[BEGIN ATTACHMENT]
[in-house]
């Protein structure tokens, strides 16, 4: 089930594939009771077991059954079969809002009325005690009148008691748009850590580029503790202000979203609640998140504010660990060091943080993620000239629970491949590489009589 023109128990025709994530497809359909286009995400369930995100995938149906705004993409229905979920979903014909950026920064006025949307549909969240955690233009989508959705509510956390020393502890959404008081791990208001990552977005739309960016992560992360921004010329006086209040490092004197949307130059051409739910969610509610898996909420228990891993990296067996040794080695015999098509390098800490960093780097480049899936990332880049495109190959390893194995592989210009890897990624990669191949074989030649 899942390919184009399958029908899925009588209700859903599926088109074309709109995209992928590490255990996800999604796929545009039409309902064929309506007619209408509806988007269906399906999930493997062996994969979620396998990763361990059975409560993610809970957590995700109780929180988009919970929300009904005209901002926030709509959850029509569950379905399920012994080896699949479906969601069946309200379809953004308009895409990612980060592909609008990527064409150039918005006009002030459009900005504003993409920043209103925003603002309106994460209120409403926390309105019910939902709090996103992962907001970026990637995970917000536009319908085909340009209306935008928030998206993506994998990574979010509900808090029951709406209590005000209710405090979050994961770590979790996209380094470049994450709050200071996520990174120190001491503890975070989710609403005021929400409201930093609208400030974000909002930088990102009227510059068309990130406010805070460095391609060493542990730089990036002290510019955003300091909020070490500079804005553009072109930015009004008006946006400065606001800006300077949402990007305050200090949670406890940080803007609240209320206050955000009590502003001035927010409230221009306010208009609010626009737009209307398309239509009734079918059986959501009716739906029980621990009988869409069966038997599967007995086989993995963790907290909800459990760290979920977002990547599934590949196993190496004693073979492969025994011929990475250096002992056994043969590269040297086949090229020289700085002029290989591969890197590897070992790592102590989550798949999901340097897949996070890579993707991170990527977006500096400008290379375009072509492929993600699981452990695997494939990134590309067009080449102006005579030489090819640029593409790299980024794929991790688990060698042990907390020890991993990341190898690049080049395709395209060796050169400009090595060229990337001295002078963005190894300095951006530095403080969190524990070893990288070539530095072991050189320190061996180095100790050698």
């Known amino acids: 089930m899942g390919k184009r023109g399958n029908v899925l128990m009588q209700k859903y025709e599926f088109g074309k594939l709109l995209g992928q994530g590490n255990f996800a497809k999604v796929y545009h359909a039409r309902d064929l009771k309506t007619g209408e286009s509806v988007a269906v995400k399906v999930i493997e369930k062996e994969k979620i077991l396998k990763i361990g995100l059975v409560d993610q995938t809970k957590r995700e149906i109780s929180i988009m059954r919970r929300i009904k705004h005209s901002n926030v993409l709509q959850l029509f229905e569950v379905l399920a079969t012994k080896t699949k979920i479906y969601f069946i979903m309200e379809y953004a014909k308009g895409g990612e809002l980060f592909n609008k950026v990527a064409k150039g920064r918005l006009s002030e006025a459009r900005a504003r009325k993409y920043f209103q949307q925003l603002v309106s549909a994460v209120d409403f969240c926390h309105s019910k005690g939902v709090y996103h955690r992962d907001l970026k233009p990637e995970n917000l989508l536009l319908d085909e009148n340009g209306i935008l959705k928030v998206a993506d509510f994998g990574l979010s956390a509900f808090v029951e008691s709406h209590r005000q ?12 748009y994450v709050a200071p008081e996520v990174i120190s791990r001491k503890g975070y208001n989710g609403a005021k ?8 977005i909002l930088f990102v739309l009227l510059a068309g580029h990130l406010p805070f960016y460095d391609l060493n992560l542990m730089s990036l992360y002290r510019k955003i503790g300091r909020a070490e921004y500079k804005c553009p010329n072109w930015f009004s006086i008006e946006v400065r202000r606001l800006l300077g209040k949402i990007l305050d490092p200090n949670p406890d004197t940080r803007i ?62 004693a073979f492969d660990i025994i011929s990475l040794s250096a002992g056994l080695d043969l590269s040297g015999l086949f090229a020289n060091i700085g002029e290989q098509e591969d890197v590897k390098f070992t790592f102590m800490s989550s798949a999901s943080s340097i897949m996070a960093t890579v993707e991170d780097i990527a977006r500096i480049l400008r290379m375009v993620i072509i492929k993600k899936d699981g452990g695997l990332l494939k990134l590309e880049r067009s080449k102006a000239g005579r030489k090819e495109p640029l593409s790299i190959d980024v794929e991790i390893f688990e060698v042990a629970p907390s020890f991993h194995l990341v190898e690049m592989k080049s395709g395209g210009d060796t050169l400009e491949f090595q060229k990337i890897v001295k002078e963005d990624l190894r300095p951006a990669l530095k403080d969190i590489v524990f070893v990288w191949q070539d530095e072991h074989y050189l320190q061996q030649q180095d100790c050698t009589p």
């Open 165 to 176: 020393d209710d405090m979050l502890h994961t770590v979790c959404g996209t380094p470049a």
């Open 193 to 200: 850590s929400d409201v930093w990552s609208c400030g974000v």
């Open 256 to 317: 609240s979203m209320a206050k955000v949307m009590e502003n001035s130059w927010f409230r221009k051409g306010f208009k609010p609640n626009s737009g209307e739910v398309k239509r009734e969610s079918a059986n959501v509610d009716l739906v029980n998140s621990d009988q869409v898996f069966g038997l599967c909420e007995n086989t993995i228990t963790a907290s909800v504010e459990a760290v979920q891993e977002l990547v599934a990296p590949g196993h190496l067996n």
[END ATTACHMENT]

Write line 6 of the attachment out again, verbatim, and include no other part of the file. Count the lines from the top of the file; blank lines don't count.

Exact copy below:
């Open 256 to 317: 609240s979203m209320a206050k955000v949307m009590e502003n001035s130059w927010f409230r221009k051409g306010f208009k609010p609640n626009s737009g209307e739910v398309k239509r009734e969610s079918a059986n959501v509610d009716l739906v029980n998140s621990d009988q869409v898996f069966g038997l599967c909420e007995n086989t993995i228990t963790a907290s909800v504010e459990a760290v979920q891993e977002l990547v599934a990296p590949g196993h190496l067996n």